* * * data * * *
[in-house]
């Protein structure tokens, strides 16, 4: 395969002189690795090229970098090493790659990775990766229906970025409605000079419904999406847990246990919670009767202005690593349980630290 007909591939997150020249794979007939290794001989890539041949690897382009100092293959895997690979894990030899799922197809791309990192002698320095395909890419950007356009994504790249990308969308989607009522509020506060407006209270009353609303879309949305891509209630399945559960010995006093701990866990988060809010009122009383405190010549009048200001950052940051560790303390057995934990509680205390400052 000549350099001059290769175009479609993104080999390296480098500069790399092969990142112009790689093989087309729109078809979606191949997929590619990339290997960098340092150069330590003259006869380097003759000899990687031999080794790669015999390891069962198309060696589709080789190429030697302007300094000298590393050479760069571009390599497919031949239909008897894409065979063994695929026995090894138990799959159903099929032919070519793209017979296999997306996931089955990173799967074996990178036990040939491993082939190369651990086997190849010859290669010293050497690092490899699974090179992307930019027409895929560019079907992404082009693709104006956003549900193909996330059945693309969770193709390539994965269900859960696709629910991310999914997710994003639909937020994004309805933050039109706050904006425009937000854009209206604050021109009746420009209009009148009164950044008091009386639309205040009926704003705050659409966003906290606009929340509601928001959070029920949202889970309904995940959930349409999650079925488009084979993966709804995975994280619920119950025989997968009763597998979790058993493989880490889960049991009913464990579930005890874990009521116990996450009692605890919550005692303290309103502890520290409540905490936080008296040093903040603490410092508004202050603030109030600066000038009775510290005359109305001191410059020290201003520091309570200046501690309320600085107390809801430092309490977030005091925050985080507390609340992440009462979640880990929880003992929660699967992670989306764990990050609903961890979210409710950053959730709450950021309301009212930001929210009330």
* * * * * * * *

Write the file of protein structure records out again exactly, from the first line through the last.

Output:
[in-house]
């Protein structure tokens, strides 16, 4: 395969002189690795090229970098090493790659990775990766229906970025409605000079419904999406847990246990919670009767202005690593349980630290 007909591939997150020249794979007939290794001989890539041949690897382009100092293959895997690979894990030899799922197809791309990192002698320095395909890419950007356009994504790249990308969308989607009522509020506060407006209270009353609303879309949305891509209630399945559960010995006093701990866990988060809010009122009383405190010549009048200001950052940051560790303390057995934990509680205390400052 000549350099001059290769175009479609993104080999390296480098500069790399092969990142112009790689093989087309729109078809979606191949997929590619990339290997960098340092150069330590003259006869380097003759000899990687031999080794790669015999390891069962198309060696589709080789190429030697302007300094000298590393050479760069571009390599497919031949239909008897894409065979063994695929026995090894138990799959159903099929032919070519793209017979296999997306996931089955990173799967074996990178036990040939491993082939190369651990086997190849010859290669010293050497690092490899699974090179992307930019027409895929560019079907992404082009693709104006956003549900193909996330059945693309969770193709390539994965269900859960696709629910991310999914997710994003639909937020994004309805933050039109706050904006425009937000854009209206604050021109009746420009209009009148009164950044008091009386639309205040009926704003705050659409966003906290606009929340509601928001959070029920949202889970309904995940959930349409999650079925488009084979993966709804995975994280619920119950025989997968009763597998979790058993493989880490889960049991009913464990579930005890874990009521116990996450009692605890919550005692303290309103502890520290409540905490936080008296040093903040603490410092508004202050603030109030600066000038009775510290005359109305001191410059020290201003520091309570200046501690309320600085107390809801430092309490977030005091925050985080507390609340992440009462979640880990929880003992929660699967992670989306764990990050609903961890979210409710950053959730709450950021309301009212930001929210009330």